Philosophy For Schools

philosophy for schools2

Philosophy For Schools

This week we delivered our first Philosophy for Schools workshop. This workshop was the pilot of a plan that I’ve been working on for the last 4 months or so. At the globe at hay, we are really proud to be a part of the Institute of Art and Ideas and have the opportunity to champion everyone’s right to access philosophy and critical thinking. Our programme is chocked-full of ideas and events that can and do make a positive difference to everyone’s lives.

We believe at the globe that this access to exciting ideas and big thinking should be something that begins as soon as possible. This is why we have launched an education programme that allows students from all phases of education to have access to the best arts and philosophy ideas currently in circulation.

Over the last four months I have been working closely with schools to create a programme of workshops that allows pupils to explore the world that they live in; helping them to develop skills that mean they are more resilient in adversity and compassionate towards other peoples’ beliefs. Monday’s workshop was our first toe-in-the-water with these in-school workshops, and we learned lots.

The school got in touch with a request for a workshop that explored the question,

“If we are going to replace God with Money, where does the morality come from?”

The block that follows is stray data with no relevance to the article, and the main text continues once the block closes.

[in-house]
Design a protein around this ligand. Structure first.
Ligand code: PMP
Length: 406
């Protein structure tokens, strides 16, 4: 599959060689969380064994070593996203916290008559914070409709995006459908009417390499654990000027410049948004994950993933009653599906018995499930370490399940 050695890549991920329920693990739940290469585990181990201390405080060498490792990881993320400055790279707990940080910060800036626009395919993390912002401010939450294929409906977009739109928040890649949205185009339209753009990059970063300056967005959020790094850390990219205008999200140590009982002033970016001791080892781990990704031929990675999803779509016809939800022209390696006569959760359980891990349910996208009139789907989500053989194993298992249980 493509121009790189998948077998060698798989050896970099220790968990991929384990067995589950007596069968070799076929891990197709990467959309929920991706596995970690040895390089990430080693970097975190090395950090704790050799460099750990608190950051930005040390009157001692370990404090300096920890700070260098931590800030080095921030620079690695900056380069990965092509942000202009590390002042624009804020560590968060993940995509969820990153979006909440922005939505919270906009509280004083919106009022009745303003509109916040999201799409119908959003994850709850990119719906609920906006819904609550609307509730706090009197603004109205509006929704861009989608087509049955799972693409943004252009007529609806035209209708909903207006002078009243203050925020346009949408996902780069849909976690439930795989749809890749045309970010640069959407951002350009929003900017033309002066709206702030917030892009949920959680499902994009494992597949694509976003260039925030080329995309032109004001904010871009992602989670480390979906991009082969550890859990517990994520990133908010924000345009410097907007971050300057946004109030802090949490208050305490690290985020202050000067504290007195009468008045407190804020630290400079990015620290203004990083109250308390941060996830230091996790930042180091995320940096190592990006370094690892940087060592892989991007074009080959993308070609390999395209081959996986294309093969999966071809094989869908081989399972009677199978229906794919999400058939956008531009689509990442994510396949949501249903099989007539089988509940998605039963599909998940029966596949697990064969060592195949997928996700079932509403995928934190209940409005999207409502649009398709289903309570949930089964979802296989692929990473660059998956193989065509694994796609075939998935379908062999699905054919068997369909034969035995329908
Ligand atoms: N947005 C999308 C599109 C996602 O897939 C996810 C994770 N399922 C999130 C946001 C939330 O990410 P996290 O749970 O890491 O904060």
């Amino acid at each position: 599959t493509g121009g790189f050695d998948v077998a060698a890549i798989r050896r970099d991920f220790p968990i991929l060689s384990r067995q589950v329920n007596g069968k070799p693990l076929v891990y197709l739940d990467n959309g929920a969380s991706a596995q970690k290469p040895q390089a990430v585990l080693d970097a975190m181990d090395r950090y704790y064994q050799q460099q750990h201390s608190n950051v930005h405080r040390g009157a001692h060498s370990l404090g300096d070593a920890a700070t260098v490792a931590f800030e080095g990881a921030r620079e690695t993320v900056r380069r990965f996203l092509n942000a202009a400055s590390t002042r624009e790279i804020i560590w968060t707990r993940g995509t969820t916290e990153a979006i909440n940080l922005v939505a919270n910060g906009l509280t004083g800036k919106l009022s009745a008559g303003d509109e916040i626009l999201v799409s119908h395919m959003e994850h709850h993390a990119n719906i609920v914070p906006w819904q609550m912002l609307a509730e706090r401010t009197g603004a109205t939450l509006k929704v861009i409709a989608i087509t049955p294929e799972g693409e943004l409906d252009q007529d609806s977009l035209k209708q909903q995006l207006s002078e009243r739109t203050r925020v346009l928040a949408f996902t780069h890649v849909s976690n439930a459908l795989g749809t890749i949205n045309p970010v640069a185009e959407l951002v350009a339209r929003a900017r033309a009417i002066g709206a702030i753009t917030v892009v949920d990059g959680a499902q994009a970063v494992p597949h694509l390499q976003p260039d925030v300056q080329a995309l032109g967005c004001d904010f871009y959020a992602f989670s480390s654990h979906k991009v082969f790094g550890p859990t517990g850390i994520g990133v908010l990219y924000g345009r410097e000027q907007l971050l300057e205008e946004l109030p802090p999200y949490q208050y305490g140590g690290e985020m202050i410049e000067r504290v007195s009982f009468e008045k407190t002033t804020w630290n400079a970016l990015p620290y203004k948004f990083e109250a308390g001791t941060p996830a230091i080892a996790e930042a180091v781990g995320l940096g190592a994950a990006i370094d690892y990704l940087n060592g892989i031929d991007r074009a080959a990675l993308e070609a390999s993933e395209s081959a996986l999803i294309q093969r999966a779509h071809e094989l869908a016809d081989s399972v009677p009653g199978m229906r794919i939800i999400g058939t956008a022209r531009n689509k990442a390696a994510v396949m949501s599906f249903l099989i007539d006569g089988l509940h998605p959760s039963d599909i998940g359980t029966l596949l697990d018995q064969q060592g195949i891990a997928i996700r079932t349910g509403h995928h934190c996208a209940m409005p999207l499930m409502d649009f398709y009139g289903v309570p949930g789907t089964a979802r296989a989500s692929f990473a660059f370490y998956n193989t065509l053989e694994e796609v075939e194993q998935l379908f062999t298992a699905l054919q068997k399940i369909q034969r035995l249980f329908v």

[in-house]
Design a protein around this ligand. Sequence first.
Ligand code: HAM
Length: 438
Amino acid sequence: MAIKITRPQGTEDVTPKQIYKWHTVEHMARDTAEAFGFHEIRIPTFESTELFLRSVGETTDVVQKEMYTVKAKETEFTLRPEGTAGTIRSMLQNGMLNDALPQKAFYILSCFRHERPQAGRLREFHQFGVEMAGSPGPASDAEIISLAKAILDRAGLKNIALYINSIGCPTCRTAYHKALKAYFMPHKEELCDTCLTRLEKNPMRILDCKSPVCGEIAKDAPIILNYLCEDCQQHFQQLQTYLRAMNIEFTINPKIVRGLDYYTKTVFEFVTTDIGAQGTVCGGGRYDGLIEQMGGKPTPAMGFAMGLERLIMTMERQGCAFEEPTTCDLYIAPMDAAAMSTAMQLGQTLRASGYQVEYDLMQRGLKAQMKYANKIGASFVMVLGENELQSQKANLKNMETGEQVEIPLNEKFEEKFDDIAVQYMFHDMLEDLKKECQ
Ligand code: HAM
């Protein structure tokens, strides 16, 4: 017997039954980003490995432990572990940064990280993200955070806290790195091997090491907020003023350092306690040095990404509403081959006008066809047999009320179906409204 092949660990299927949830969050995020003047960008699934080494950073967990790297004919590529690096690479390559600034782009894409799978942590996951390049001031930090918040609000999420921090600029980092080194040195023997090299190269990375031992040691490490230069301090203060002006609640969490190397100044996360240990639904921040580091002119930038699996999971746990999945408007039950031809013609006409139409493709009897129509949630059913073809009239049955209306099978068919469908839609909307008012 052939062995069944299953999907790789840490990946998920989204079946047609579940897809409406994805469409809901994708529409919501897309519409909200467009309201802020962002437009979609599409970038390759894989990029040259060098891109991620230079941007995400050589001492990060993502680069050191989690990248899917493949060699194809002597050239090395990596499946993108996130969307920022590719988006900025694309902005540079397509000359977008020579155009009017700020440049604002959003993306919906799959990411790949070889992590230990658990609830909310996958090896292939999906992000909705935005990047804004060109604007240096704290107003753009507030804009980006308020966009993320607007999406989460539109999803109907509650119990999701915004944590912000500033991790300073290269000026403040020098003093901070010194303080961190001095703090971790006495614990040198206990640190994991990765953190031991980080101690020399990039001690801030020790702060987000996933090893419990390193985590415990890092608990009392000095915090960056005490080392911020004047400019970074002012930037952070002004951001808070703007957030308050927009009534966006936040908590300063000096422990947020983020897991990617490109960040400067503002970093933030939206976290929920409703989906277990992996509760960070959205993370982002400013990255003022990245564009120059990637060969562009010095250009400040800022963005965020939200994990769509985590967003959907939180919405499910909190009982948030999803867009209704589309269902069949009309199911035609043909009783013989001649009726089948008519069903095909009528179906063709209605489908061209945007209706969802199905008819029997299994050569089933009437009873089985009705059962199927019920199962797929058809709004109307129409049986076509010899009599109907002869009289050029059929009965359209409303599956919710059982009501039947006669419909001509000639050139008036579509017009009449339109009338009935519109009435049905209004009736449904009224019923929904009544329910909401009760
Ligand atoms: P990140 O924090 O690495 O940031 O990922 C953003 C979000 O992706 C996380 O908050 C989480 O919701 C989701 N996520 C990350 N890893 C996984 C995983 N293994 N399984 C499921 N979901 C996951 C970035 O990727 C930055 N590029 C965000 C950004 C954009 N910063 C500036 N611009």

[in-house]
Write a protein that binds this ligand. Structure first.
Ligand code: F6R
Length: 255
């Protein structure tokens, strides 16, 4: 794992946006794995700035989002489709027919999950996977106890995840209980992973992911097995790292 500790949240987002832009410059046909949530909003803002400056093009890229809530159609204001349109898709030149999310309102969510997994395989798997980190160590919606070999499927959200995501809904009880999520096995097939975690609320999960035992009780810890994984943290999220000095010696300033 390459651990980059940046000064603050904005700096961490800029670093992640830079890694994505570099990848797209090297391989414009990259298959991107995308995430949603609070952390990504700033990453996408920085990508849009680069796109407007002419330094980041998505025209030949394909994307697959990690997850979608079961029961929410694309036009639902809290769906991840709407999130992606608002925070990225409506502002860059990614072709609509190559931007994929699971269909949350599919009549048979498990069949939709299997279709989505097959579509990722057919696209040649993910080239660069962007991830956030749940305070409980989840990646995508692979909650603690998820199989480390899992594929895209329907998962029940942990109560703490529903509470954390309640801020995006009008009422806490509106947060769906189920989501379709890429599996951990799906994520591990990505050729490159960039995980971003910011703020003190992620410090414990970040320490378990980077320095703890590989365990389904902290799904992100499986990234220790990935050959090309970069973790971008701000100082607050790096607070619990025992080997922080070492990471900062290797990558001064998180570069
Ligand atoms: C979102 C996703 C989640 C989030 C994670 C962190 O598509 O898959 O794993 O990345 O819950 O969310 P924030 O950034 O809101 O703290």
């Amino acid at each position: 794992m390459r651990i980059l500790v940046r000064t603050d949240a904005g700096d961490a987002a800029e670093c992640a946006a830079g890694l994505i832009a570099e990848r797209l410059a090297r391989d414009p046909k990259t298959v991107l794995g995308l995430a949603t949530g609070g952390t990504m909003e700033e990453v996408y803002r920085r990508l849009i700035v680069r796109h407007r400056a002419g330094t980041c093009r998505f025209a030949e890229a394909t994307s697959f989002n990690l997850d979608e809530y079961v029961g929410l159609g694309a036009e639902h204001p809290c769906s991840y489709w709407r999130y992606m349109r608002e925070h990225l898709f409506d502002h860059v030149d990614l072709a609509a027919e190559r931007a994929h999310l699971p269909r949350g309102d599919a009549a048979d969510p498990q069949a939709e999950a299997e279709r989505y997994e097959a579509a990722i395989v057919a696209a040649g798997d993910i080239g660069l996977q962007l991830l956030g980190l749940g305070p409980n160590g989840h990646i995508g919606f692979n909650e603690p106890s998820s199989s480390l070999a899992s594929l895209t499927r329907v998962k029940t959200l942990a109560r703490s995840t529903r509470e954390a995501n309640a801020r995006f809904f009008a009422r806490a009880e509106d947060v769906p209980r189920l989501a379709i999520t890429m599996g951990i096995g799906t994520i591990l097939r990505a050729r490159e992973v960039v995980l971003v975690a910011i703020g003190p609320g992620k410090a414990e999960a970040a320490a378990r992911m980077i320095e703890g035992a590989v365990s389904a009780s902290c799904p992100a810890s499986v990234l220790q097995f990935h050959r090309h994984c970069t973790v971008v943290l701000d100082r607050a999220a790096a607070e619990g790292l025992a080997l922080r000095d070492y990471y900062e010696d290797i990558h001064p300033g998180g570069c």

The workshop group of one hundred 15 year old Religious Studies students were largely, but not exclusively, atheist and agnostic. The workshop was delivered by national press journalist and lecturer, Jude Rogers, who for the most part explores ethics with university level journalist students.

Jude deftly asked them to explore the things that they value, but removing any monetary worth. What is the value of these things without money being involved? Examples such as football and music were seen in a new light, as ways of unifying groups of people, encouraging them to belong to something greater than themselves. Helping individuals to demonstrate unique expression, and not just follow the crowd. Of course none of this is a revelation when you stop and think about it. We know that music allows us to express ourselves, and that pop stars often introduce us to big ideas about art and politics, but where we often run aground is that their worth is so often talked about only in terms of money.

In the 21st Century where arts and ideas are so often justified by their alchemical conversion into ‘brand value’, to hope that it will contribute the bottom line one day, surely we are missing the point? This is what Jude explored in her workshop. As these teenagers emerge into a world where the balance-scale is so heavily tilted towards capitalism, art for arts sake and enjoying something because it just makes you feel good is more of a precious commodity than ever. I learned at the back of that school hall that, value without ever touching on its financial worth is something that all of our young people will need to be encouraged to defend fiercely, as they forge the future.

Fran – Education Lead at the globe at hay

If you are interested in our workshops for schools as they develop please do get in touch with Fran on